My Asian household doesn't do feelings. We don't really say "I love you." You may be shocked, but don't think that we don't love each other because we don't say these three words. Instead, we show it in subtle ways.
My dad would be careful with his money but would always be there when we needed something. My mom would be cutting up some fruit, not for herself, but for us when we're studying. "This is good for the brain," she'd say or when I stayed home from school because of a cold, and my parents would come back from grocery shopping with lots of fruits.
I'm twenty-one years old and living in an apartment away from home for college, but I'd come back from visiting home I always have with me, bags of groceries. Dad would call to check up on my location, seeing that I'm 0.7 miles away from the apartment at 6:30 PM. Mom would insist on taking food after food back to the apartment.
As a five-year-old, I never really realized how big the world was. All I knew of the world was school, my family, this big tv set from the '90s (one of those CRT televisions- I actually looked this up) that would play teleseryes (Filipino soap operas) and kids shows, and the outside that served as our playground. I didn't have an idea of extravagance nor simplicity. I was just being a kid.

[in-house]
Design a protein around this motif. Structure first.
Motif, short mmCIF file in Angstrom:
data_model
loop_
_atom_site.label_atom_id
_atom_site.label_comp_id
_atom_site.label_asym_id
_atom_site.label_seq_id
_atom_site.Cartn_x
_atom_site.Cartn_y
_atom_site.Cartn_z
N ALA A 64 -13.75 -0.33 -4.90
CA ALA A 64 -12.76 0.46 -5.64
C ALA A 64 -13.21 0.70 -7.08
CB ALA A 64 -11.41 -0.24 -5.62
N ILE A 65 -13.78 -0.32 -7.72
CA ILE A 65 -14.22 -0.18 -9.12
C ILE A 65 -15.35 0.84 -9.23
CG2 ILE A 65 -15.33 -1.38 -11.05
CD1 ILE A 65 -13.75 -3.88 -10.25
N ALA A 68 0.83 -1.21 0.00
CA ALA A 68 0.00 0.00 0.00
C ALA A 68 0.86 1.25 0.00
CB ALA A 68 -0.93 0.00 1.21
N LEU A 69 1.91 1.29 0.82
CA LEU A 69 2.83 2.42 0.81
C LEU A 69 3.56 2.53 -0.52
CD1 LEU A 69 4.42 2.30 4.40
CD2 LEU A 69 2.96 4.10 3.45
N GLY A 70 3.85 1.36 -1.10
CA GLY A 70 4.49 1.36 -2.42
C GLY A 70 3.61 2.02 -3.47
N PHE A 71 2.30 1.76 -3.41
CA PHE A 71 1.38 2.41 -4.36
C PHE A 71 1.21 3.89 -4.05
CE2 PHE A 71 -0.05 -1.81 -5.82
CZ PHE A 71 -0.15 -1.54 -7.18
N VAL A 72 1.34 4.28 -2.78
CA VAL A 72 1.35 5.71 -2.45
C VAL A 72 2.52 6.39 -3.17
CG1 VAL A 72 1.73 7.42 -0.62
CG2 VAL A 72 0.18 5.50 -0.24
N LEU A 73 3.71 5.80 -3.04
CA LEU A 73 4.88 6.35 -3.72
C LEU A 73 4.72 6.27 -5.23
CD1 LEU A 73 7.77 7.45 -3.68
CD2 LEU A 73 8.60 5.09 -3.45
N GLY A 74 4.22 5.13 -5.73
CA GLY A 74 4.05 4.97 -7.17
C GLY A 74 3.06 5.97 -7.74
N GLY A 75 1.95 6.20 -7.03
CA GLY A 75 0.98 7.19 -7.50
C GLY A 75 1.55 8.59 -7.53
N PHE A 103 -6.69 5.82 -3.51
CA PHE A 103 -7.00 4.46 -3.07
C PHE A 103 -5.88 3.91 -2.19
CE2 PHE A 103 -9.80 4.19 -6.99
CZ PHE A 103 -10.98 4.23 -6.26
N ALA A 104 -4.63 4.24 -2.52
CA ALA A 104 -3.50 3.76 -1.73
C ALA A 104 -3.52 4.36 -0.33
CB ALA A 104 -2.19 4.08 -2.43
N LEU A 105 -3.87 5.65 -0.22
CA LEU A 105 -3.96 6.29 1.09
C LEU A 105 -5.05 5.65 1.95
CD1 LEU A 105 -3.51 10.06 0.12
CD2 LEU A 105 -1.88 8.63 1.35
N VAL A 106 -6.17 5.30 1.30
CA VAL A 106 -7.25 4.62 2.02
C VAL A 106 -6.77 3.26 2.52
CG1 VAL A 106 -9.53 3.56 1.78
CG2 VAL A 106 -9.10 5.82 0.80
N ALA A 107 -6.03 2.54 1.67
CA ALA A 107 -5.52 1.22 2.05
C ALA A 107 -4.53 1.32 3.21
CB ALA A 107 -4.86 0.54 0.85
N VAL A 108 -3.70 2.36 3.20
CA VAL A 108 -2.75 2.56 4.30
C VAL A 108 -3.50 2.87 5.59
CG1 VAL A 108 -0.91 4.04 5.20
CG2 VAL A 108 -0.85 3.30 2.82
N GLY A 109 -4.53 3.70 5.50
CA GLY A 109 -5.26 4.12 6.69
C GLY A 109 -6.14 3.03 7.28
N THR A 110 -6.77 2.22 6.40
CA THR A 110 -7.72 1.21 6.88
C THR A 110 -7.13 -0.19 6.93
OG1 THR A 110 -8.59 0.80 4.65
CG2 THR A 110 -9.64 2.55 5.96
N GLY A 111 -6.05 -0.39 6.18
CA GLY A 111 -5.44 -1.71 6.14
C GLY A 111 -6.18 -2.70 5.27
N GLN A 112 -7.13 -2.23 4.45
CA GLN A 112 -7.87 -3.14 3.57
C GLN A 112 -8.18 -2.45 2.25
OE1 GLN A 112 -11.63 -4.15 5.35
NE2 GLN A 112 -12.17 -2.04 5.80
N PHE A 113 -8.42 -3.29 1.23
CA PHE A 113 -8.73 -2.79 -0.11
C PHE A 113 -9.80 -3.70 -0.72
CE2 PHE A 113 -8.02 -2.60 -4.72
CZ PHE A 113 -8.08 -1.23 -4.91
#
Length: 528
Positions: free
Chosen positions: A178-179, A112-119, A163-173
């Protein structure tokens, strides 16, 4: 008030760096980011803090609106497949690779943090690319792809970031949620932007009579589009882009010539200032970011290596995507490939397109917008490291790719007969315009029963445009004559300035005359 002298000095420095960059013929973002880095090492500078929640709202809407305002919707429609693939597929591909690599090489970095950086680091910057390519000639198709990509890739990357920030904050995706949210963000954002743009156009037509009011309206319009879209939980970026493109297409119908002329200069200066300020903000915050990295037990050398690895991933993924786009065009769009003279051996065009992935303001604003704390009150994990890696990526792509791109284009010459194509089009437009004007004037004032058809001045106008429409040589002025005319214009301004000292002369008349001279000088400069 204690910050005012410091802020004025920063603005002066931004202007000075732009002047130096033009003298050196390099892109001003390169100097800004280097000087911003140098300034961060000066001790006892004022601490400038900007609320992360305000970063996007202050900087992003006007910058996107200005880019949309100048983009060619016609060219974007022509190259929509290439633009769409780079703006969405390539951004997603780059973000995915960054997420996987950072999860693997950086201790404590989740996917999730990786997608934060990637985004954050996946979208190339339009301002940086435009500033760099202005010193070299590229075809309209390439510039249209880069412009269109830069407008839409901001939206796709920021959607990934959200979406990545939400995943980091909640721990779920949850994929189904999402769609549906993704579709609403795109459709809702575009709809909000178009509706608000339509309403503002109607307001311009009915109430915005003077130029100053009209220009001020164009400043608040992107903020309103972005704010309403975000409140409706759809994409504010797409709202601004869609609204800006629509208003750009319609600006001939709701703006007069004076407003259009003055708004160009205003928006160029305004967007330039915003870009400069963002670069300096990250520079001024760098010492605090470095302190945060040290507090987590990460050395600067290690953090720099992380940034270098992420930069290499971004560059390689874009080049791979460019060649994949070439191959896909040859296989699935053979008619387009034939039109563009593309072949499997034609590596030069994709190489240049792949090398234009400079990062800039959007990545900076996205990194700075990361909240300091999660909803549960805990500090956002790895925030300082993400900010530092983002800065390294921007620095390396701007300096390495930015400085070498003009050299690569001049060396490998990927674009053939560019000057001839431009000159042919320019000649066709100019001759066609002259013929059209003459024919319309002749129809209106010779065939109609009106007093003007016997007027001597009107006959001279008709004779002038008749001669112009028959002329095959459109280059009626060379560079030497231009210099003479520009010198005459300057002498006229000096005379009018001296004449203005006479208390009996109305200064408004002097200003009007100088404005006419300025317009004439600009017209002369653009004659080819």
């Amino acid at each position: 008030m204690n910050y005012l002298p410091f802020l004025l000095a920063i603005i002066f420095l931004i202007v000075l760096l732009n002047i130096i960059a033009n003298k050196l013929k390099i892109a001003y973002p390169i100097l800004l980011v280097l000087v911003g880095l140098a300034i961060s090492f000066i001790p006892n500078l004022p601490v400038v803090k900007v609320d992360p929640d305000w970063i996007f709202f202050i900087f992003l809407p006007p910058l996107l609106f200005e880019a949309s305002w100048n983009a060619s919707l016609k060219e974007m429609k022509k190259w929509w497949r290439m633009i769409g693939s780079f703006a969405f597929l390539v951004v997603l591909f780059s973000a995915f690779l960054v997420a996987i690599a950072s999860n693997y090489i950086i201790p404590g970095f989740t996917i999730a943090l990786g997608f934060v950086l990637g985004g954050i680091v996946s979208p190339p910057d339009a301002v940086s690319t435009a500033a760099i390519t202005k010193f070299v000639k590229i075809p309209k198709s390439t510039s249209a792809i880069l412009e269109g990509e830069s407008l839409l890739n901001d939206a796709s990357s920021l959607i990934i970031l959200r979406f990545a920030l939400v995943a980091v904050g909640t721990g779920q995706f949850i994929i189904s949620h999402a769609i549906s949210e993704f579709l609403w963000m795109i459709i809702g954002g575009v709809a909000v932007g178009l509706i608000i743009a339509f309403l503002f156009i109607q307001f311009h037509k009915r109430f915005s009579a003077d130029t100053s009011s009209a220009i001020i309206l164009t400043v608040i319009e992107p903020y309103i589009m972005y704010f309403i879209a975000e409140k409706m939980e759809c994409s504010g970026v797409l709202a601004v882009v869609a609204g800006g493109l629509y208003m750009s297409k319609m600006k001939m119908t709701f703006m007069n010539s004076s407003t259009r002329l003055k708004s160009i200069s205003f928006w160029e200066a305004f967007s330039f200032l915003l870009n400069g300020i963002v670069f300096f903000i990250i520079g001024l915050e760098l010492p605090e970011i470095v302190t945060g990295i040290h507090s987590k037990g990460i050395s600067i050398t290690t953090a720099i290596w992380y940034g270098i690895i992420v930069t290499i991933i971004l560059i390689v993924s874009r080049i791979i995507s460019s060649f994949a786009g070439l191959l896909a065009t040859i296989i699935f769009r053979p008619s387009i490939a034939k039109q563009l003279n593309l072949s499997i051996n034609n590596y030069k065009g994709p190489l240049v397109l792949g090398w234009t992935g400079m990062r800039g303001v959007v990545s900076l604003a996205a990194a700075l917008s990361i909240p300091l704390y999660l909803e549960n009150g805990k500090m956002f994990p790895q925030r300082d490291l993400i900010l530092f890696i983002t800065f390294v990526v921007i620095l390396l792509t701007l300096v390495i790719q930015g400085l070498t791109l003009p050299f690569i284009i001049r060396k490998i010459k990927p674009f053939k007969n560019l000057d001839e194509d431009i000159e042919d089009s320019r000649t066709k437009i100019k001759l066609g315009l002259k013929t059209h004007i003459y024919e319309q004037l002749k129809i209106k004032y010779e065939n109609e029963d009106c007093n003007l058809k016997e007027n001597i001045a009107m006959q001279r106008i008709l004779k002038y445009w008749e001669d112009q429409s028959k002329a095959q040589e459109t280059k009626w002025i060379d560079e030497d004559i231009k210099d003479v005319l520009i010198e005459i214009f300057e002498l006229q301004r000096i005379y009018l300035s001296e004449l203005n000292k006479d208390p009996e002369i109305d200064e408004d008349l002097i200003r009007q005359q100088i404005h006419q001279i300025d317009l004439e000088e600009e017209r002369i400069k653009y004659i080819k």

As a twenty-one-year-old, I saw values. I saw the gravity of simple things. I would fall in love with life through the lens of simplicity.
I never heard "I love you" in the household growing up, but I still felt the comfort and warmth of those words.
"I love you" poetically hid behind my family's actions. They were in "because you need it," in every "kumain ka lang" ("just keep eating") words a tired college student who missed home-cooked meals loves to hear. In that one lumpia in the center of the dinner table, in every game of Mario Kart, and in the home that sheltered us. I would hear them as my sister would cheer loudly for my name when I walked across the stage on graduation day. I would see those words written under the pseudonym "don't forget to pray."
I'm not saying that my family's the best or I was raised perfectly. We all have imperfections. We all have something we don't have but, if you've known me for quite some time, you'd know that my favorite quote is "happiness can be found even in the darkest of times if one only remembers to turn on the light." These gaps in our lives are under our control: either leave them empty or do something about it. In this case, not having heard "I love you" means I got room to hear it under different lenses.